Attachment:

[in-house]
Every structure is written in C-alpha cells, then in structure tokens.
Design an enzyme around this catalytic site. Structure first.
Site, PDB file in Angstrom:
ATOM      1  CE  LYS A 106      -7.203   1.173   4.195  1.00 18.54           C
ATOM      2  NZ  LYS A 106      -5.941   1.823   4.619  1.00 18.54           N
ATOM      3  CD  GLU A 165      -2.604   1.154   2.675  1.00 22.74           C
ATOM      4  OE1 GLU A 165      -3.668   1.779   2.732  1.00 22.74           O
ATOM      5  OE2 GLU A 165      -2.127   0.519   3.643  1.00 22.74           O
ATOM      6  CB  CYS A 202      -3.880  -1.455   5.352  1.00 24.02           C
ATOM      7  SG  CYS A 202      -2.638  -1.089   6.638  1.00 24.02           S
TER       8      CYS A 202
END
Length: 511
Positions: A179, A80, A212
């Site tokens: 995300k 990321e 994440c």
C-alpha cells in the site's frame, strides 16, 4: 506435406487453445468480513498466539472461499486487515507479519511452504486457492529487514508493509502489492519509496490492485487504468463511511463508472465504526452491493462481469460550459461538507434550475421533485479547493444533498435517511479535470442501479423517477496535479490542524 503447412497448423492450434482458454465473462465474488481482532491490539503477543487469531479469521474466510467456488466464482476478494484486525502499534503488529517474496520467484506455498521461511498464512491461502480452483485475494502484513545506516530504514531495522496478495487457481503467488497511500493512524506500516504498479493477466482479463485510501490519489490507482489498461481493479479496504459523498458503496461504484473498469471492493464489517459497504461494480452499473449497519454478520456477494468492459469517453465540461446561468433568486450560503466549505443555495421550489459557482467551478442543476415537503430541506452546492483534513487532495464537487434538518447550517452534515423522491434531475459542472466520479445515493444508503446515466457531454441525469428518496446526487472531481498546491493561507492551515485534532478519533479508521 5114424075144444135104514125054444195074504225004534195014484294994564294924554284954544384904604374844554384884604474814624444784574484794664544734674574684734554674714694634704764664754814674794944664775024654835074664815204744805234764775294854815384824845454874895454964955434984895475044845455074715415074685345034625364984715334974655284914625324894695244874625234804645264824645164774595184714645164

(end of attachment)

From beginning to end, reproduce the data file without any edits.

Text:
[in-house]
Every structure is written in C-alpha cells, then in structure tokens.
Design an enzyme around this catalytic site. Structure first.
Site, PDB file in Angstrom:
ATOM      1  CE  LYS A 106      -7.203   1.173   4.195  1.00 18.54           C
ATOM      2  NZ  LYS A 106      -5.941   1.823   4.619  1.00 18.54           N
ATOM      3  CD  GLU A 165      -2.604   1.154   2.675  1.00 22.74           C
ATOM      4  OE1 GLU A 165      -3.668   1.779   2.732  1.00 22.74           O
ATOM      5  OE2 GLU A 165      -2.127   0.519   3.643  1.00 22.74           O
ATOM      6  CB  CYS A 202      -3.880  -1.455   5.352  1.00 24.02           C
ATOM      7  SG  CYS A 202      -2.638  -1.089   6.638  1.00 24.02           S
TER       8      CYS A 202
END
Length: 511
Positions: A179, A80, A212
């Site tokens: 995300k 990321e 994440c």
C-alpha cells in the site's frame, strides 16, 4: 506435406487453445468480513498466539472461499486487515507479519511452504486457492529487514508493509502489492519509496490492485487504468463511511463508472465504526452491493462481469460550459461538507434550475421533485479547493444533498435517511479535470442501479423517477496535479490542524 503447412497448423492450434482458454465473462465474488481482532491490539503477543487469531479469521474466510467456488466464482476478494484486525502499534503488529517474496520467484506455498521461511498464512491461502480452483485475494502484513545506516530504514531495522496478495487457481503467488497511500493512524506500516504498479493477466482479463485510501490519489490507482489498461481493479479496504459523498458503496461504484473498469471492493464489517459497504461494480452499473449497519454478520456477494468492459469517453465540461446561468433568486450560503466549505443555495421550489459557482467551478442543476415537503430541506452546492483534513487532495464537487434538518447550517452534515423522491434531475459542472466520479445515493444508503446515466457531454441525469428518496446526487472531481498546491493561507492551515485534532478519533479508521 5114424075144444135104514125054444195074504225004534195014484294994564294924554284954544384904604374844554384884604474814624444784574484794664544734674574684734554674714694634704764664754814674794944664775024654835074664815204744805234764775294854815384824845454874895454964955434984895475044845455074715415074685345034625364984715334974655284914625324894695244874625234804645264824645164774595184714645164